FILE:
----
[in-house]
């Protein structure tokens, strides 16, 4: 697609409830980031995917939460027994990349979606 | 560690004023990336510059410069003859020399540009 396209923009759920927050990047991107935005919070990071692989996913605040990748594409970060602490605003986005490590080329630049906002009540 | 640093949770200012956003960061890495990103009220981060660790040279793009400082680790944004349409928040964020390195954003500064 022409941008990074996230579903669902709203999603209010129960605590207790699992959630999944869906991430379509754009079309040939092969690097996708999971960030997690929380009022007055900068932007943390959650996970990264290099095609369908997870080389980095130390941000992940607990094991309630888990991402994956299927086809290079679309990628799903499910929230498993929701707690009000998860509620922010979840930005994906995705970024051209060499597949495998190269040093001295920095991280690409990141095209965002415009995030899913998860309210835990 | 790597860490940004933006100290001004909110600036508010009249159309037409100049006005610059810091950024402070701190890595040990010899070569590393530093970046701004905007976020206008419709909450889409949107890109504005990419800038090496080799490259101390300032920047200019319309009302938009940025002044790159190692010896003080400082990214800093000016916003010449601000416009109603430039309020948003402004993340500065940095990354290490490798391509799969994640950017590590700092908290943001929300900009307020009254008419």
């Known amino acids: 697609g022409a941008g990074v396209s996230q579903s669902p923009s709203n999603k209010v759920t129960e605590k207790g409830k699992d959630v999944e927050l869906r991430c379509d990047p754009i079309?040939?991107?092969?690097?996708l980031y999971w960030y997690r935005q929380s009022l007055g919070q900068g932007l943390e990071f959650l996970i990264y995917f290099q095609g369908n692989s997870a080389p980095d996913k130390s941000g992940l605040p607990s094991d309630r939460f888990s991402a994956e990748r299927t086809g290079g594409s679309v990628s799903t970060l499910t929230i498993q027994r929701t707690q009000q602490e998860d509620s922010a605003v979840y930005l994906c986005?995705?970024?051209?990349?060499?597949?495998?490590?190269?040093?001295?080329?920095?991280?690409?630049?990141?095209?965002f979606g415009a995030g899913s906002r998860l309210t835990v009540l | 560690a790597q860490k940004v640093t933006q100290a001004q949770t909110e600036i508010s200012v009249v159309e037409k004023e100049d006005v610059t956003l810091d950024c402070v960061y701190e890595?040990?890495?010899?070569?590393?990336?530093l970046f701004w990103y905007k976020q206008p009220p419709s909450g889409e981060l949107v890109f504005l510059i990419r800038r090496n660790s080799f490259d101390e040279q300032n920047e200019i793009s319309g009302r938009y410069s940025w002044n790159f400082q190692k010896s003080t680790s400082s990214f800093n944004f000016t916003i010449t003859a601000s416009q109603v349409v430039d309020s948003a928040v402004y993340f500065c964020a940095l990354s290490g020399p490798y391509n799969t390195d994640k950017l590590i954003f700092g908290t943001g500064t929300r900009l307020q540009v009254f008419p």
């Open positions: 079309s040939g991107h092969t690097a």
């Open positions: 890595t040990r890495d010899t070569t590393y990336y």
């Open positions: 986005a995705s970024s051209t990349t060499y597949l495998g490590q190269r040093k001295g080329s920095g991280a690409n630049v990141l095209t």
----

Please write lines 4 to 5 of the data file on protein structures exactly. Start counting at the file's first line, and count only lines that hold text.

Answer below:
């Open positions: 079309s040939g991107h092969t690097a």
């Open positions: 890595t040990r890495d010899t070569t590393y990336y």